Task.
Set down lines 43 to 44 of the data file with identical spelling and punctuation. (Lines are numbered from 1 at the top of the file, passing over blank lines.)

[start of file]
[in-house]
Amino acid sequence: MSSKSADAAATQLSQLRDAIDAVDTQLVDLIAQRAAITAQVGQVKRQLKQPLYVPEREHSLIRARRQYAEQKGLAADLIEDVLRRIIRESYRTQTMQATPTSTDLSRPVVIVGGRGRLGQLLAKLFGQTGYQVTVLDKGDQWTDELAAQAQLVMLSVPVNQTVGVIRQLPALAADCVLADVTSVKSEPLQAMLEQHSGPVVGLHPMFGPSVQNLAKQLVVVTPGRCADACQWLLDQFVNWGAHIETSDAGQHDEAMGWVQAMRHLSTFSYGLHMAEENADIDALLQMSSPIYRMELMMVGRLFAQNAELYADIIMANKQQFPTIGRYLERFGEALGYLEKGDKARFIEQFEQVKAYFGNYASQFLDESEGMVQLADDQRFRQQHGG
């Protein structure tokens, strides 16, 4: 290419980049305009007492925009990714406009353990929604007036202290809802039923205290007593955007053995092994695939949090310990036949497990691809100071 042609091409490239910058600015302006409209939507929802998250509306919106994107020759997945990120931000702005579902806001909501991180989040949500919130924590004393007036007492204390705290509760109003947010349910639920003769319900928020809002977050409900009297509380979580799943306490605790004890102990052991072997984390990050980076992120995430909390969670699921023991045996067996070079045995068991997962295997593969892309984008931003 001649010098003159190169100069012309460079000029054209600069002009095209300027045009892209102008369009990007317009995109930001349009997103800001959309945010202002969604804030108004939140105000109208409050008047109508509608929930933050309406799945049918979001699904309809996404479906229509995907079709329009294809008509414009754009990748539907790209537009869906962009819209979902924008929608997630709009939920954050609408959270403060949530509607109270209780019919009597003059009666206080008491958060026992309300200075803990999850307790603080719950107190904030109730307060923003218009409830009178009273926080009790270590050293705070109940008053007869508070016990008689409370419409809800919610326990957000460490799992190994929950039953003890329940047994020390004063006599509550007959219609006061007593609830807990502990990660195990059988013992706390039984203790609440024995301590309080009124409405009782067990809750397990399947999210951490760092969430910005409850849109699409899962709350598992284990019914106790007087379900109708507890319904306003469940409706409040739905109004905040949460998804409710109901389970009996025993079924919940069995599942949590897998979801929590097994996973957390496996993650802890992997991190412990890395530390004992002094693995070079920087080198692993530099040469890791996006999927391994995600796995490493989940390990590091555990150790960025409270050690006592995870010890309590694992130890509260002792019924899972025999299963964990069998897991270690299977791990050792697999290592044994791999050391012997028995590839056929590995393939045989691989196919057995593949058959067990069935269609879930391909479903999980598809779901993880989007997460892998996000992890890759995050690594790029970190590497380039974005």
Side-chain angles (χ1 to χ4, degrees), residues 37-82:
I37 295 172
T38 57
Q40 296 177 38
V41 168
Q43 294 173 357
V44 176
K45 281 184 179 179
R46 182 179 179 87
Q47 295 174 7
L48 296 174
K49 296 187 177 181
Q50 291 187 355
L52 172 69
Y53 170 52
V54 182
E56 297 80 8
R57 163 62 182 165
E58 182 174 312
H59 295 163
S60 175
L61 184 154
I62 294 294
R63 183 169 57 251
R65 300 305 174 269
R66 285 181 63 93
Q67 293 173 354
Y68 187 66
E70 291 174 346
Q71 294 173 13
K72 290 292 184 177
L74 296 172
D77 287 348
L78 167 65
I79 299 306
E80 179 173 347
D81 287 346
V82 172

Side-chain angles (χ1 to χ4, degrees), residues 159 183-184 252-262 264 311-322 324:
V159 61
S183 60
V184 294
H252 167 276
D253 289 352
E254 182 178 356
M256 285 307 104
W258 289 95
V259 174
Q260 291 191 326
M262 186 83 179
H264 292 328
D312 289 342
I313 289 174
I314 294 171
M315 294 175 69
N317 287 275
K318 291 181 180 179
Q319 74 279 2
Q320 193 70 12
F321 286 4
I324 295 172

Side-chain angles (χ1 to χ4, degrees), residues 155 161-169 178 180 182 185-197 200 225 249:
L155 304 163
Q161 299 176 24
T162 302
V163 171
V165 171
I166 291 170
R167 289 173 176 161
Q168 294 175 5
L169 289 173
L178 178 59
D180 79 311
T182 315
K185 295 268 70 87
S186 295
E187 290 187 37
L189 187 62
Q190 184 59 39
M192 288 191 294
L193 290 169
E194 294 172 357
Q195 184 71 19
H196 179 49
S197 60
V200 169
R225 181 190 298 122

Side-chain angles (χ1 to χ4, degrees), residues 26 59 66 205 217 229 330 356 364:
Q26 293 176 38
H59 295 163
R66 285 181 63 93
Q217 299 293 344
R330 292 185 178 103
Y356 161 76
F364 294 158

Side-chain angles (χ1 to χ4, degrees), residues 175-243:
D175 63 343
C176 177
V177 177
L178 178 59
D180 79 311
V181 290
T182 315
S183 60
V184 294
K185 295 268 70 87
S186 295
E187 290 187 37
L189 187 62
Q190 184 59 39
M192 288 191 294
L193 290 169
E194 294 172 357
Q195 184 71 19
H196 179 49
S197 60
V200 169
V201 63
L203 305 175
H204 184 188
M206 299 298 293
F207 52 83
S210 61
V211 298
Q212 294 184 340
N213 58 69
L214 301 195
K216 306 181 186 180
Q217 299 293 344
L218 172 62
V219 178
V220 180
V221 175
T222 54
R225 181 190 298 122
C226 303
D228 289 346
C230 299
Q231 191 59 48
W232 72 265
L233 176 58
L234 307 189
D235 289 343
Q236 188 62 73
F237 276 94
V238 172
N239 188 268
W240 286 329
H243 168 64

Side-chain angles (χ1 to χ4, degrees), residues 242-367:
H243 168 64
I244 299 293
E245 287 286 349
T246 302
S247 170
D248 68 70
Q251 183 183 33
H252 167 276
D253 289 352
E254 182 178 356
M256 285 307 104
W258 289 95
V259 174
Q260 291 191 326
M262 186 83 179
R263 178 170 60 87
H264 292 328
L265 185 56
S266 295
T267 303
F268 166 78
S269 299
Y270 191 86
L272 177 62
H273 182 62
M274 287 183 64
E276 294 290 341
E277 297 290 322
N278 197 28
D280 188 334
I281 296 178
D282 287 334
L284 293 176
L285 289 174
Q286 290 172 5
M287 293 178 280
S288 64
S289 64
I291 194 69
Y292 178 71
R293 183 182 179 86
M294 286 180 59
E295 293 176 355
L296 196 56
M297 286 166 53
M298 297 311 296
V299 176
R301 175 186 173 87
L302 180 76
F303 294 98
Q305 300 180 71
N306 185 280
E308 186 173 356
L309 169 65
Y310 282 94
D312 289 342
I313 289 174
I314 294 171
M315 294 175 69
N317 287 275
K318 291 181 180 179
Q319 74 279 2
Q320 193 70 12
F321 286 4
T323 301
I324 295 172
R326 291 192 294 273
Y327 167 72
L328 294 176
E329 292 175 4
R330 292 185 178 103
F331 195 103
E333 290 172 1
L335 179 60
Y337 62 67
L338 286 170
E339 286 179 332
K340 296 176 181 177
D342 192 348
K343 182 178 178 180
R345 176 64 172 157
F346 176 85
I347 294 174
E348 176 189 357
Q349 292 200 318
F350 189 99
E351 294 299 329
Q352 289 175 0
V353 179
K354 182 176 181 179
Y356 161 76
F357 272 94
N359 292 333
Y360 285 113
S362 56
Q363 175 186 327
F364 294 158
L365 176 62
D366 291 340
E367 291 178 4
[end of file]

V159 61
S183 60